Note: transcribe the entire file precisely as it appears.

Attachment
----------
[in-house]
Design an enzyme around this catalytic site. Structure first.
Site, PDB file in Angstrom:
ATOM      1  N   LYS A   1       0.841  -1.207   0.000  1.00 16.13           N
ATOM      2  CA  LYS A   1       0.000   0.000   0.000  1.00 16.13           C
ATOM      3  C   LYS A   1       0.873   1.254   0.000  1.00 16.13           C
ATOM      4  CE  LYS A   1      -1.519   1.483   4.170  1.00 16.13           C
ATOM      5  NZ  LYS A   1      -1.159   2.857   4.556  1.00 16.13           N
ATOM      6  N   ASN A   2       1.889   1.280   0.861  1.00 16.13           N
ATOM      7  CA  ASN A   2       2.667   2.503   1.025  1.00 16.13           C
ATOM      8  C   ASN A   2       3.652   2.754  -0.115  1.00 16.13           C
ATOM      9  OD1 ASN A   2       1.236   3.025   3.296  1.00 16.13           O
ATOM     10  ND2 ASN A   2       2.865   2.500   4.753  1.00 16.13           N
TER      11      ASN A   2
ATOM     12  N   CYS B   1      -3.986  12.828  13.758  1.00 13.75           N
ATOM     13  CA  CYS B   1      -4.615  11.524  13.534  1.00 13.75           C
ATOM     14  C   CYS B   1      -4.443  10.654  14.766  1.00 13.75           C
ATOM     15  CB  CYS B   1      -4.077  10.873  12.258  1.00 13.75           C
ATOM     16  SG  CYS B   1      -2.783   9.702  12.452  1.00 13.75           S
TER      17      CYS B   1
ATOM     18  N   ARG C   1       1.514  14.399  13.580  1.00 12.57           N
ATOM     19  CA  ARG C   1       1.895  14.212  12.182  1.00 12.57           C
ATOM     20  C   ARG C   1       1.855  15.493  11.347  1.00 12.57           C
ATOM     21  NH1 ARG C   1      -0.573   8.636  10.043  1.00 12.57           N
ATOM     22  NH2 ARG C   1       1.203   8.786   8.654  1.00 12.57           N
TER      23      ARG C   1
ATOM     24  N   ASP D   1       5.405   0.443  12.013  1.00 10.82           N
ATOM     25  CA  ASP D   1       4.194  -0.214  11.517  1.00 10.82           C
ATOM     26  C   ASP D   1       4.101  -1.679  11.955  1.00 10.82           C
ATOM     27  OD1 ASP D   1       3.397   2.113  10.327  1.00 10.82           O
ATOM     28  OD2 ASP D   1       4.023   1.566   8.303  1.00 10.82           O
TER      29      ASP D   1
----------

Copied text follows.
[in-house]
Design an enzyme around this catalytic site. Structure first.
Site, PDB file in Angstrom:
ATOM      1  N   LYS A   1       0.841  -1.207   0.000  1.00 16.13           N
ATOM      2  CA  LYS A   1       0.000   0.000   0.000  1.00 16.13           C
ATOM      3  C   LYS A   1       0.873   1.254   0.000  1.00 16.13           C
ATOM      4  CE  LYS A   1      -1.519   1.483   4.170  1.00 16.13           C
ATOM      5  NZ  LYS A   1      -1.159   2.857   4.556  1.00 16.13           N
ATOM      6  N   ASN A   2       1.889   1.280   0.861  1.00 16.13           N
ATOM      7  CA  ASN A   2       2.667   2.503   1.025  1.00 16.13           C
ATOM      8  C   ASN A   2       3.652   2.754  -0.115  1.00 16.13           C
ATOM      9  OD1 ASN A   2       1.236   3.025   3.296  1.00 16.13           O
ATOM     10  ND2 ASN A   2       2.865   2.500   4.753  1.00 16.13           N
TER      11      ASN A   2
ATOM     12  N   CYS B   1      -3.986  12.828  13.758  1.00 13.75           N
ATOM     13  CA  CYS B   1      -4.615  11.524  13.534  1.00 13.75           C
ATOM     14  C   CYS B   1      -4.443  10.654  14.766  1.00 13.75           C
ATOM     15  CB  CYS B   1      -4.077  10.873  12.258  1.00 13.75           C
ATOM     16  SG  CYS B   1      -2.783   9.702  12.452  1.00 13.75           S
TER      17      CYS B   1
ATOM     18  N   ARG C   1       1.514  14.399  13.580  1.00 12.57           N
ATOM     19  CA  ARG C   1       1.895  14.212  12.182  1.00 12.57           C
ATOM     20  C   ARG C   1       1.855  15.493  11.347  1.00 12.57           C
ATOM     21  NH1 ARG C   1      -0.573   8.636  10.043  1.00 12.57           N
ATOM     22  NH2 ARG C   1       1.203   8.786   8.654  1.00 12.57           N
TER      23      ARG C   1
ATOM     24  N   ASP D   1       5.405   0.443  12.013  1.00 10.82           N
ATOM     25  CA  ASP D   1       4.194  -0.214  11.517  1.00 10.82           C
ATOM     26  C   ASP D   1       4.101  -1.679  11.955  1.00 10.82           C
ATOM     27  OD1 ASP D   1       3.397   2.113  10.327  1.00 10.82           O
ATOM     28  OD2 ASP D   1       4.023   1.566   8.303  1.00 10.82           O
TER      29      ASP D   1